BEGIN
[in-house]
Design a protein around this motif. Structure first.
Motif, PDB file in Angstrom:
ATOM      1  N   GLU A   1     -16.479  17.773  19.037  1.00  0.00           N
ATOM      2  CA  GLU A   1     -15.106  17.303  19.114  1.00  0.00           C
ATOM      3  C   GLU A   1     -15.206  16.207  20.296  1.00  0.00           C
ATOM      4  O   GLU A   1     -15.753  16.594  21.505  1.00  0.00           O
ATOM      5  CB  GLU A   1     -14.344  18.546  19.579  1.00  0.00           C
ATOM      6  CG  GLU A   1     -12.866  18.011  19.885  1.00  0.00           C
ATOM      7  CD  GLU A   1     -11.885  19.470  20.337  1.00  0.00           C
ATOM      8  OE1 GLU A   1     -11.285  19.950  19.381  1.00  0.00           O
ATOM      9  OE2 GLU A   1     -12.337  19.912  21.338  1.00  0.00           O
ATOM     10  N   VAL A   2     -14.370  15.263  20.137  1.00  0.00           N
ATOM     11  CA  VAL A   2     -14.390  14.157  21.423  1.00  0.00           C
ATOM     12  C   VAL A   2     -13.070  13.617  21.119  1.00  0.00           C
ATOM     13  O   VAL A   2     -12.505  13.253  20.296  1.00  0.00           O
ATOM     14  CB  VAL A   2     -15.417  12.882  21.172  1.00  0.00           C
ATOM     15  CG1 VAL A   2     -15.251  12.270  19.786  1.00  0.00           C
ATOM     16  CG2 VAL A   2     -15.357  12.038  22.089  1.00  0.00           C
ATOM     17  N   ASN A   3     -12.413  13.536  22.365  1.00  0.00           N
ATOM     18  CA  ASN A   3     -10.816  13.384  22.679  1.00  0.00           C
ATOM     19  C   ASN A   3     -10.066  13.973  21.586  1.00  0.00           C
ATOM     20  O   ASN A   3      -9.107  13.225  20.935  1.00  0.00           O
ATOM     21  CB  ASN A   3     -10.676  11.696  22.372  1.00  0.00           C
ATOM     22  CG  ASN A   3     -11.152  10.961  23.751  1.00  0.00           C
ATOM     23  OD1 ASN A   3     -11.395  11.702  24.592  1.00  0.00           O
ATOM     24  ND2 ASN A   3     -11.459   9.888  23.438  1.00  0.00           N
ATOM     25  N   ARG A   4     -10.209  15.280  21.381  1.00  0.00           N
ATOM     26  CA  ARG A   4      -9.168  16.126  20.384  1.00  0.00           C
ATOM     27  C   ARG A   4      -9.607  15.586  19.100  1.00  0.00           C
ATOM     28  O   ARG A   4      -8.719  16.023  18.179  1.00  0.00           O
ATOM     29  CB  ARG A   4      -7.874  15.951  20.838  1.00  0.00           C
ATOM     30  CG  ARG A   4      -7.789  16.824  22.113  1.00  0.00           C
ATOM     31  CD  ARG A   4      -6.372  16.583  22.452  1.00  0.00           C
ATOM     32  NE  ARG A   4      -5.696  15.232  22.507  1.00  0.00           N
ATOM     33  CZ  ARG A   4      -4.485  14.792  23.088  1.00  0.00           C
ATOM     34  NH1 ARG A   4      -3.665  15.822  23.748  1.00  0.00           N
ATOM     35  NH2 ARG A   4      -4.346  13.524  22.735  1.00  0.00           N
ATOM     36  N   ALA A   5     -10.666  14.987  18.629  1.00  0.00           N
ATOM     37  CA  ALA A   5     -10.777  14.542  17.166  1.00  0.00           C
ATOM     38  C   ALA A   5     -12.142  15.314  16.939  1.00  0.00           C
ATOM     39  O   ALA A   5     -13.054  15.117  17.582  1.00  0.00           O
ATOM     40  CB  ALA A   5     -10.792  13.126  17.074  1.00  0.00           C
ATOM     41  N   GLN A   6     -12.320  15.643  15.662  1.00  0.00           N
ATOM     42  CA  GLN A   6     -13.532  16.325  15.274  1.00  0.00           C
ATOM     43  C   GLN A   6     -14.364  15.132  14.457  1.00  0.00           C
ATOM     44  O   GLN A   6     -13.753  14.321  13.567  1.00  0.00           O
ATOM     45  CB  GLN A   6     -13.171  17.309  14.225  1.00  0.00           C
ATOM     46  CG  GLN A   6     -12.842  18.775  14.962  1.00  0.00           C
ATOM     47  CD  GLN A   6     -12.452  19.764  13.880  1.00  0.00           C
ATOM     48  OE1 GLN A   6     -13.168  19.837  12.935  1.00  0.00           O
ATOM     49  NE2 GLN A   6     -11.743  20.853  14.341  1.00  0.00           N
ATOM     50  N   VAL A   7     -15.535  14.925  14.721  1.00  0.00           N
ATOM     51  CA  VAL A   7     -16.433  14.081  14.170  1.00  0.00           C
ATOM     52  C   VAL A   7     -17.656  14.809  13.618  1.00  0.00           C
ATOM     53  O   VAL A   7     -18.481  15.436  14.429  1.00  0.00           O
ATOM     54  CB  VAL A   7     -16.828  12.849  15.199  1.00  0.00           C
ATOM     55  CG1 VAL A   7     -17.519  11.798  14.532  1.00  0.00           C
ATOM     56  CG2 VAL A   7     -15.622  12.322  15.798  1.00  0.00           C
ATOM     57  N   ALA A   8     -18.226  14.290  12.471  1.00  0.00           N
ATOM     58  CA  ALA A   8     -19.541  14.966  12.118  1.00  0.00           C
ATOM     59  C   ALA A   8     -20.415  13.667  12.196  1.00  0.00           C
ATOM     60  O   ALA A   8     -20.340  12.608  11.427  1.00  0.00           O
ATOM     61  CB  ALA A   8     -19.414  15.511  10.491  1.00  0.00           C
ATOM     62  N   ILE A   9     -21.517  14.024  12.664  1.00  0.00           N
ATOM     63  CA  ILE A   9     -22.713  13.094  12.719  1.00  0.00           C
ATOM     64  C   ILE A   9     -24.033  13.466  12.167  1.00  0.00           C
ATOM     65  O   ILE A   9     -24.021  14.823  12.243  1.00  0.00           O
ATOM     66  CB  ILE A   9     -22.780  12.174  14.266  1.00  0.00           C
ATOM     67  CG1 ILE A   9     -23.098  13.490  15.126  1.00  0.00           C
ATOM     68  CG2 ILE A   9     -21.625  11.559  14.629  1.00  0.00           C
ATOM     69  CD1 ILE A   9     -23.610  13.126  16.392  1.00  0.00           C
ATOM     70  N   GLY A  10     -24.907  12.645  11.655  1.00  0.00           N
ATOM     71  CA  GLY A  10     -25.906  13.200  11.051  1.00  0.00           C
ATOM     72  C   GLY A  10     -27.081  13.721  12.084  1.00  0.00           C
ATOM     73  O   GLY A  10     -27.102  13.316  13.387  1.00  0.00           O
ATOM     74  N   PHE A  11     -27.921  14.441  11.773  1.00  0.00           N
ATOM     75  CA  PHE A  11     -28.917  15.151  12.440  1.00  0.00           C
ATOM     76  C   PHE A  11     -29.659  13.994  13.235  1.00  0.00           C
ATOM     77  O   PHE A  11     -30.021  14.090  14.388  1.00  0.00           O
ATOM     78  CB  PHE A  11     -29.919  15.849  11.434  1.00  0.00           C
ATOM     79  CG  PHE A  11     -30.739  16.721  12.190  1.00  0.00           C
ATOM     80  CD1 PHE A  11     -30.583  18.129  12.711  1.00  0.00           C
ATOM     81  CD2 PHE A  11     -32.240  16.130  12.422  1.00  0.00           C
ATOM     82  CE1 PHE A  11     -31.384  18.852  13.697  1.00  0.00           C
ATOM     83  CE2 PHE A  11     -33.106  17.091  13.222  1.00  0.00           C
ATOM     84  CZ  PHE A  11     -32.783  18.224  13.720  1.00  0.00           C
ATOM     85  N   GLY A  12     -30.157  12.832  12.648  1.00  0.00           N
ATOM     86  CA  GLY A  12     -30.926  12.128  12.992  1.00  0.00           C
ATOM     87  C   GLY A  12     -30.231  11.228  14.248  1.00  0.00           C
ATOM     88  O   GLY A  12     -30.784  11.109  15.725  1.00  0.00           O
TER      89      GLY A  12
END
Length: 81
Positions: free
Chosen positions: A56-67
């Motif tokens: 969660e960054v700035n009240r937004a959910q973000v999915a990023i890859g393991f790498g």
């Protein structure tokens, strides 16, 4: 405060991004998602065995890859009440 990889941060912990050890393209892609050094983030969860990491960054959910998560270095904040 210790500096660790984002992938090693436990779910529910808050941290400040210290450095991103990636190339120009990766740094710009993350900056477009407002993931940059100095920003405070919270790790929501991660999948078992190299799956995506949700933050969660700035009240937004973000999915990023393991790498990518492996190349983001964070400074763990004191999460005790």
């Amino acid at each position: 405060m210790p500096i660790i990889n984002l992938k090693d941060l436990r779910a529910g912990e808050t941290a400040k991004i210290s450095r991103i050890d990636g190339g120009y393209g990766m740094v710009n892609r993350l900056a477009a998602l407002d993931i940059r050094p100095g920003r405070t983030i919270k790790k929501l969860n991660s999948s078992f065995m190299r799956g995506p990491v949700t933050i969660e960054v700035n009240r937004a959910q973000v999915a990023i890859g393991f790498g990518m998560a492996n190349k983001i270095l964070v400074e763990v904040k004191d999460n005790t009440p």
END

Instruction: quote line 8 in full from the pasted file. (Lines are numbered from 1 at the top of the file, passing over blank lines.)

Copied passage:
ATOM      5  CB  GLU A   1     -14.344  18.546  19.579  1.00  0.00           C